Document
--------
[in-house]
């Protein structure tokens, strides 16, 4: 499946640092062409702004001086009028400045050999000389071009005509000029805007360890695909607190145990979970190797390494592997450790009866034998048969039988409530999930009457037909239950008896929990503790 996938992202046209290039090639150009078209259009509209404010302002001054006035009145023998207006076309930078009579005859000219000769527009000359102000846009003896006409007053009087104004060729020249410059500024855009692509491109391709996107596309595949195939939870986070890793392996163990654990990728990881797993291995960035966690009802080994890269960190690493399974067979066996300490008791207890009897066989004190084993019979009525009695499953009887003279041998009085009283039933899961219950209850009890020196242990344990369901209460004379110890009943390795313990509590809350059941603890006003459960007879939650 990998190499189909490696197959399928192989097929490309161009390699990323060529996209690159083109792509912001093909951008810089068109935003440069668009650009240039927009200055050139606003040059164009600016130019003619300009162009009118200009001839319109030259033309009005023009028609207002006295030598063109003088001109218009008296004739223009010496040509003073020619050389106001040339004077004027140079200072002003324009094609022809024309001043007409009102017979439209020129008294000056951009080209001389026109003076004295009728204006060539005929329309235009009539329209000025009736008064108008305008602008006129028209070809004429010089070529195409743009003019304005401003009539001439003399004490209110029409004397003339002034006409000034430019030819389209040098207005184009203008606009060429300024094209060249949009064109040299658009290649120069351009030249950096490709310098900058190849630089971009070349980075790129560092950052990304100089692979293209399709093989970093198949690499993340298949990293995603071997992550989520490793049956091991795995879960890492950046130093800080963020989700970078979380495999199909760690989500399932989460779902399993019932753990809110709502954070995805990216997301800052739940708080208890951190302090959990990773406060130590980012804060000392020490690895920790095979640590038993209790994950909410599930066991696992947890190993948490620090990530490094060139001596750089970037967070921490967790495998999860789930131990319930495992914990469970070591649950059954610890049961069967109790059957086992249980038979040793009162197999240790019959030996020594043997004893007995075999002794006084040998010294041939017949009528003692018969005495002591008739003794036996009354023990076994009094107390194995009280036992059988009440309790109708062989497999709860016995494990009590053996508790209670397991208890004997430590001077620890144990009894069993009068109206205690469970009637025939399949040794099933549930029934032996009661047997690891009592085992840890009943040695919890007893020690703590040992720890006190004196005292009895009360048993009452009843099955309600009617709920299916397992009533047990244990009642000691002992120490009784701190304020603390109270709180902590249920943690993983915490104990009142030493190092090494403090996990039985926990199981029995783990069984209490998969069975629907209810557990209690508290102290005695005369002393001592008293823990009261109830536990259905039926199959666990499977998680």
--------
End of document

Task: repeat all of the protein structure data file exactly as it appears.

[in-house]
């Protein structure tokens, strides 16, 4: 499946640092062409702004001086009028400045050999000389071009005509000029805007360890695909607190145990979970190797390494592997450790009866034998048969039988409530999930009457037909239950008896929990503790 996938992202046209290039090639150009078209259009509209404010302002001054006035009145023998207006076309930078009579005859000219000769527009000359102000846009003896006409007053009087104004060729020249410059500024855009692509491109391709996107596309595949195939939870986070890793392996163990654990990728990881797993291995960035966690009802080994890269960190690493399974067979066996300490008791207890009897066989004190084993019979009525009695499953009887003279041998009085009283039933899961219950209850009890020196242990344990369901209460004379110890009943390795313990509590809350059941603890006003459960007879939650 990998190499189909490696197959399928192989097929490309161009390699990323060529996209690159083109792509912001093909951008810089068109935003440069668009650009240039927009200055050139606003040059164009600016130019003619300009162009009118200009001839319109030259033309009005023009028609207002006295030598063109003088001109218009008296004739223009010496040509003073020619050389106001040339004077004027140079200072002003324009094609022809024309001043007409009102017979439209020129008294000056951009080209001389026109003076004295009728204006060539005929329309235009009539329209000025009736008064108008305008602008006129028209070809004429010089070529195409743009003019304005401003009539001439003399004490209110029409004397003339002034006409000034430019030819389209040098207005184009203008606009060429300024094209060249949009064109040299658009290649120069351009030249950096490709310098900058190849630089971009070349980075790129560092950052990304100089692979293209399709093989970093198949690499993340298949990293995603071997992550989520490793049956091991795995879960890492950046130093800080963020989700970078979380495999199909760690989500399932989460779902399993019932753990809110709502954070995805990216997301800052739940708080208890951190302090959990990773406060130590980012804060000392020490690895920790095979640590038993209790994950909410599930066991696992947890190993948490620090990530490094060139001596750089970037967070921490967790495998999860789930131990319930495992914990469970070591649950059954610890049961069967109790059957086992249980038979040793009162197999240790019959030996020594043997004893007995075999002794006084040998010294041939017949009528003692018969005495002591008739003794036996009354023990076994009094107390194995009280036992059988009440309790109708062989497999709860016995494990009590053996508790209670397991208890004997430590001077620890144990009894069993009068109206205690469970009637025939399949040794099933549930029934032996009661047997690891009592085992840890009943040695919890007893020690703590040992720890006190004196005292009895009360048993009452009843099955309600009617709920299916397992009533047990244990009642000691002992120490009784701190304020603390109270709180902590249920943690993983915490104990009142030493190092090494403090996990039985926990199981029995783990069984209490998969069975629907209810557990209690508290102290005695005369002393001592008293823990009261109830536990259905039926199959666990499977998680």